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aaron bean

Aaron Bean earns backing of Florida Retail Federation

Republican Sen. Aaron Bean, who faces challengers on all sides in his 2018 re-election bid, got a boost Thursday by way of an endorsement from the Florida Retail Federation.

The retail trade group highlighted the Fernandina Beach lawmaker’s help voting down a bill to increase the “felony threshold limit” — the value of goods an individual must steal before they can be charged with felony theft.

“Senator Bean’s support of Sunshine State retailers has been instrumental particularly in fighting to ensure the felony threshold wasn’t raised and expanding access to healthcare to help protect Florida families,” said FRF President/CEO R. Scott Shalley. “Our members are appreciative of the Senators’ efforts, and we know we can count on his continued support when he returns to the Florida Senate.”

The FRF endorsement also touted Bean’s background in elected office as well as his public service, including holding a board seat with the First Coast YMCA, Big Brothers & Big Sisters and the United Way.

Challenging Bean for the District 4 seat this year are Democrat Billie Bussard, Republican Carlos Slay and Libertarian Joanna Liberty Tavares.

When it comes to Bussard and Tavares, Bean has SD 4’s heavy Republican tilt in his corner. When it comes to Slay, who went negative from the jump, Bean is looking to out-campaign him the old-fashioned way — door knocking and fundraising.

Bean is in good shape on the fundraising front. As of May 31, he had more than $100,000 banked for his campaign with another $72,000 at the ready in his affiliated political committee. None of his opponents have posted a campaign finance report.

Primary or no, Tracie Davis exudes confidence in path forward

State Rep. Tracie Davis, a first-term Jacksonville Democrat, faces (at least through noon Friday) only nominal ballot opposition — in the form of state Rep. Kim Daniels‘ former aide.

Davis has already qualified for re-election. Her opponent, Roshanda Jackson, has not.

Despite any challenge, Davis isn’t changing her approach.

“I qualified Monday,” Davis related Tuesday in Jacksonville. “I’m just staying focused doing what I’m doing in the community now that I’m home [for the summer].”

“If I have a challenge, I run a race,” she added. “And if I don’t, I continue to work hard in my community.”

The state party offered support and resources, Davis said, similar to that offered (and extended) to state Sen. Audrey Gibson when Jacksonville City Councilman Reggie Brown filed to oppose her.

Of course, Brown faces his own battle in a federal courtroom over fraud charges, with a status hearing Thursday afternoon.

If anything, it has been an interesting campaign season, Davis noted.

“Hopefully at noon on Friday,” she said, “we have the opportunity to get back to work for the people who elected us, without opposition.”

Jay Fant exiting Attorney General race, applying for OFR commissioner

The Republican race for Attorney General is now a two-candidate affair.

State Rep. Jay Fant of Jacksonville is bowing out and applying to be commissioner of Florida’s Office of Financial Regulation (OFR).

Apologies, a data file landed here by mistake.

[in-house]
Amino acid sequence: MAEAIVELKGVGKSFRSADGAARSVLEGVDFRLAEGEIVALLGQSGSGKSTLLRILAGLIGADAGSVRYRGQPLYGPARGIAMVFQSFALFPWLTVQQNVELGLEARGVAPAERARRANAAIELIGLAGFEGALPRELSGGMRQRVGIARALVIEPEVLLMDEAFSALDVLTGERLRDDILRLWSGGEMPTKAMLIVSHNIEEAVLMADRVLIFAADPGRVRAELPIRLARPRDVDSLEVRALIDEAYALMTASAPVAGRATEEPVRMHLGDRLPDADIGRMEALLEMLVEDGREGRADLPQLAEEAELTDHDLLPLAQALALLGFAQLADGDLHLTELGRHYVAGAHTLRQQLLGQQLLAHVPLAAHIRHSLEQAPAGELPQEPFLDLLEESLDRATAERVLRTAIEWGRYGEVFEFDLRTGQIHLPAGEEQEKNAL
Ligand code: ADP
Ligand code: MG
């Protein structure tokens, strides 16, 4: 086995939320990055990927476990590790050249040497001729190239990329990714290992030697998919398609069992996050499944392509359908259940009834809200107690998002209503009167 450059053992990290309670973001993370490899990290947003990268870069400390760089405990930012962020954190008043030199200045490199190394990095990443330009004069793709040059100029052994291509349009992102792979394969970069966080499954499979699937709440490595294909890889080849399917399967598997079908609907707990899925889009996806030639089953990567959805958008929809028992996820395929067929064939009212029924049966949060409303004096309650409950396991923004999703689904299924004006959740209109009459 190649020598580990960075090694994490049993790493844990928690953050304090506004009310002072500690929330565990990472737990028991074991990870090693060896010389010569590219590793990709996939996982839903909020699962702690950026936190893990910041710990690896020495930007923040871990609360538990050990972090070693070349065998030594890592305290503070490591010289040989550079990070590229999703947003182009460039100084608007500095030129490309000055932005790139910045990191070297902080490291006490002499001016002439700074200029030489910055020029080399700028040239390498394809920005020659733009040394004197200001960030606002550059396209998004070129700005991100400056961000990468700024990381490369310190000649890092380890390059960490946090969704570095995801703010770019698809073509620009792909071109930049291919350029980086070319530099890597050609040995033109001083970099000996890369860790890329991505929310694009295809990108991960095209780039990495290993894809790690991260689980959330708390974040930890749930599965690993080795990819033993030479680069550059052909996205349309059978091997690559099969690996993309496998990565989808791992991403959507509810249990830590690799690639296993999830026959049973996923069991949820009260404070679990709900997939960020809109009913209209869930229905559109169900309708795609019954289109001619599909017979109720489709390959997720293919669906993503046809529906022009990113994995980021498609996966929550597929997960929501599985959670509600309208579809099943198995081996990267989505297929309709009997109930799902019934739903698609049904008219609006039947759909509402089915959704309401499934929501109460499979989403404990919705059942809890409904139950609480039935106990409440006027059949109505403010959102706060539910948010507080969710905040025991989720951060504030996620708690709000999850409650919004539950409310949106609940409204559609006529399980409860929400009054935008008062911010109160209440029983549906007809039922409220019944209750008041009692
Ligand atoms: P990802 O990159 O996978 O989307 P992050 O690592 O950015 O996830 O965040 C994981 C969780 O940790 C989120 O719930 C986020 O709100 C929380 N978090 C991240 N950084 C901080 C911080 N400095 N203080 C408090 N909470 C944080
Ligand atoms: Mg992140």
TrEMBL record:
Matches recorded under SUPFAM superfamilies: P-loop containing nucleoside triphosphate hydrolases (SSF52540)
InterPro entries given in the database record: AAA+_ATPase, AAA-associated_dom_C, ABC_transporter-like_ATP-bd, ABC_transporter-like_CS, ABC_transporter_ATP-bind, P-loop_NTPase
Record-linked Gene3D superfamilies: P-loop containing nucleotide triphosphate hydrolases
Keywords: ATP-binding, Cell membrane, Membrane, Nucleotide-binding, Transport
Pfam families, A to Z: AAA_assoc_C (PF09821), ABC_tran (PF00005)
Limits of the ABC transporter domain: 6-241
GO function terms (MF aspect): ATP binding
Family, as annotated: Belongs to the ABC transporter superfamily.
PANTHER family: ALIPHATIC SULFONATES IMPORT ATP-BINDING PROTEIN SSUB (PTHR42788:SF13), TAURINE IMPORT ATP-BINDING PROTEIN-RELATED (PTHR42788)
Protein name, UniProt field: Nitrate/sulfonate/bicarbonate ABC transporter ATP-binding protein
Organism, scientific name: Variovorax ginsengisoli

Commissioner Drew Breakspear is resigning effective June 30, after CFO Jimmy Patronis told him he “no longer ha(d) confidence” in Breakspear’s ability to lead the office, which acts as the state’s watchdog for the financial industry.

Fant explained  Tuesday the role would be a solid fit for his banking experience — including a high-profile loss.

“After years of work in the private sector,” Fant said, “I first decided to pursue elected office because I experienced first hand what wayward government policy does to business.”

He added: “I was running a small community bank during the Great Recession and Florida real estate crisis. Our company, like all banks and financial firms, suffered tremendously. The federal government intervened by passing a massive bank bailout that helped the largest banks and left the small community banks out in the cold. 64 banks in Florida alone, including ours, went out of business. Wall Street won. Main Street lost.”

“Businesses in Florida must operate on a level playing field, and our willingness to fight for that is vital to the success of free enterprise,” Fant said. “These beliefs led me to run for the Florida House, and then last year to run for Attorney General. The recent opening for Commissioner of the Office of Financial Regulation, however, is the position most in line with my experience in banking, law and policymaking; I will seek that appointment.

“My passion is to see that limited government be fair for all Floridians.”

For Fant, who’s been struggling in the Attorney General’s race, this may be the closest he gets to a Cabinet position.

The OFR reports to the Financial Services Commission, which is made up of the Governor and Cabinet: Attorney General, Chief Financial Officer and Agriculture Commissioner.

State law says they can hire or fire the OFR’s head “by a majority vote consisting of at least three affirmative votes, with both the Governor and the Chief Financial Officer on the prevailing side.” Patronis is a friend and political ally of Gov. Rick Scott.